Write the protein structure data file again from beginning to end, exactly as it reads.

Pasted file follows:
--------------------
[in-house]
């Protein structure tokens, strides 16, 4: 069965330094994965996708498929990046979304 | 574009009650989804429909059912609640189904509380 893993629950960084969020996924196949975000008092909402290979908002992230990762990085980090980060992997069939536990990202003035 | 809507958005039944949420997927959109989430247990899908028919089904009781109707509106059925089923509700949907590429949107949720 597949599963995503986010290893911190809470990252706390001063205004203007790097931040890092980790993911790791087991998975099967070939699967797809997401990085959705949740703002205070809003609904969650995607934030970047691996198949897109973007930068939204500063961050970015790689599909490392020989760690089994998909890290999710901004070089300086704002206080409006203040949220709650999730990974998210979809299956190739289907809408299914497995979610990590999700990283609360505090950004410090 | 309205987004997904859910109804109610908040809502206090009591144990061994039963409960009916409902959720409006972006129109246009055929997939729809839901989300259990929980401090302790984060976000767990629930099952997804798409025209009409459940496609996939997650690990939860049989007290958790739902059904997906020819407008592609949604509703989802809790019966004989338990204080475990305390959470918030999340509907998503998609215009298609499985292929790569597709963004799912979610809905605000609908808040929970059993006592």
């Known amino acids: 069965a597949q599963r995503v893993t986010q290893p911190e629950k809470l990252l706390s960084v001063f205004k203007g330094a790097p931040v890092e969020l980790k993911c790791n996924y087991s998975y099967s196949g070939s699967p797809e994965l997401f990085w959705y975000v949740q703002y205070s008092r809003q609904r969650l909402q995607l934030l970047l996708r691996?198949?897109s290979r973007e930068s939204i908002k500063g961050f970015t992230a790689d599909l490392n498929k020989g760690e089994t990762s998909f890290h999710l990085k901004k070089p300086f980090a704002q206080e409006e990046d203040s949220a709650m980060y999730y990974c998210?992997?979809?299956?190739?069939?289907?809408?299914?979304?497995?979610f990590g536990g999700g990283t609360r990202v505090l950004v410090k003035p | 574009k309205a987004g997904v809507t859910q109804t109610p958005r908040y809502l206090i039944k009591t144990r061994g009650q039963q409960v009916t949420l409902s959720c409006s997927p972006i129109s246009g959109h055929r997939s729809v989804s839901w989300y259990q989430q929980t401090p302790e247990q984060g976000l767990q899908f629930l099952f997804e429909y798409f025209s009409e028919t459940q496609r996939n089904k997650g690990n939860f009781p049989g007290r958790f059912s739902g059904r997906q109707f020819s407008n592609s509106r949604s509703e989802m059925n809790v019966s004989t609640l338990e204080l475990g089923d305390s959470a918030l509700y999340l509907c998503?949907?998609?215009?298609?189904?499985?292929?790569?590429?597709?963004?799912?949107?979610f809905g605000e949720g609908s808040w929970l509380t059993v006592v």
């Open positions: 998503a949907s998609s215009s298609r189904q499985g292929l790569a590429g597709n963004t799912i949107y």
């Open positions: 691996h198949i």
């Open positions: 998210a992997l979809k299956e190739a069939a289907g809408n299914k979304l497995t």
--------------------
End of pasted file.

[in-house]
């Protein structure tokens, strides 16, 4: 069965330094994965996708498929990046979304 | 574009009650989804429909059912609640189904509380 893993629950960084969020996924196949975000008092909402290979908002992230990762990085980090980060992997069939536990990202003035 | 809507958005039944949420997927959109989430247990899908028919089904009781109707509106059925089923509700949907590429949107949720 597949599963995503986010290893911190809470990252706390001063205004203007790097931040890092980790993911790791087991998975099967070939699967797809997401990085959705949740703002205070809003609904969650995607934030970047691996198949897109973007930068939204500063961050970015790689599909490392020989760690089994998909890290999710901004070089300086704002206080409006203040949220709650999730990974998210979809299956190739289907809408299914497995979610990590999700990283609360505090950004410090 | 309205987004997904859910109804109610908040809502206090009591144990061994039963409960009916409902959720409006972006129109246009055929997939729809839901989300259990929980401090302790984060976000767990629930099952997804798409025209009409459940496609996939997650690990939860049989007290958790739902059904997906020819407008592609949604509703989802809790019966004989338990204080475990305390959470918030999340509907998503998609215009298609499985292929790569597709963004799912979610809905605000609908808040929970059993006592």
């Known amino acids: 069965a597949q599963r995503v893993t986010q290893p911190e629950k809470l990252l706390s960084v001063f205004k203007g330094a790097p931040v890092e969020l980790k993911c790791n996924y087991s998975y099967s196949g070939s699967p797809e994965l997401f990085w959705y975000v949740q703002y205070s008092r809003q609904r969650l909402q995607l934030l970047l996708r691996?198949?897109s290979r973007e930068s939204i908002k500063g961050f970015t992230a790689d599909l490392n498929k020989g760690e089994t990762s998909f890290h999710l990085k901004k070089p300086f980090a704002q206080e409006e990046d203040s949220a709650m980060y999730y990974c998210?992997?979809?299956?190739?069939?289907?809408?299914?979304?497995?979610f990590g536990g999700g990283t609360r990202v505090l950004v410090k003035p | 574009k309205a987004g997904v809507t859910q109804t109610p958005r908040y809502l206090i039944k009591t144990r061994g009650q039963q409960v009916t949420l409902s959720c409006s997927p972006i129109s246009g959109h055929r997939s729809v989804s839901w989300y259990q989430q929980t401090p302790e247990q984060g976000l767990q899908f629930l099952f997804e429909y798409f025209s009409e028919t459940q496609r996939n089904k997650g690990n939860f009781p049989g007290r958790f059912s739902g059904r997906q109707f020819s407008n592609s509106r949604s509703e989802m059925n809790v019966s004989t609640l338990e204080l475990g089923d305390s959470a918030l509700y999340l509907c998503?949907?998609?215009?298609?189904?499985?292929?790569?590429?597709?963004?799912?949107?979610f809905g605000e949720g609908s808040w929970l509380t059993v006592v």
């Open positions: 998503a949907s998609s215009s298609r189904q499985g292929l790569a590429g597709n963004t799912i949107y």
């Open positions: 691996h198949i």
């Open positions: 998210a992997l979809k299956e190739a069939a289907g809408n299914k979304l497995t």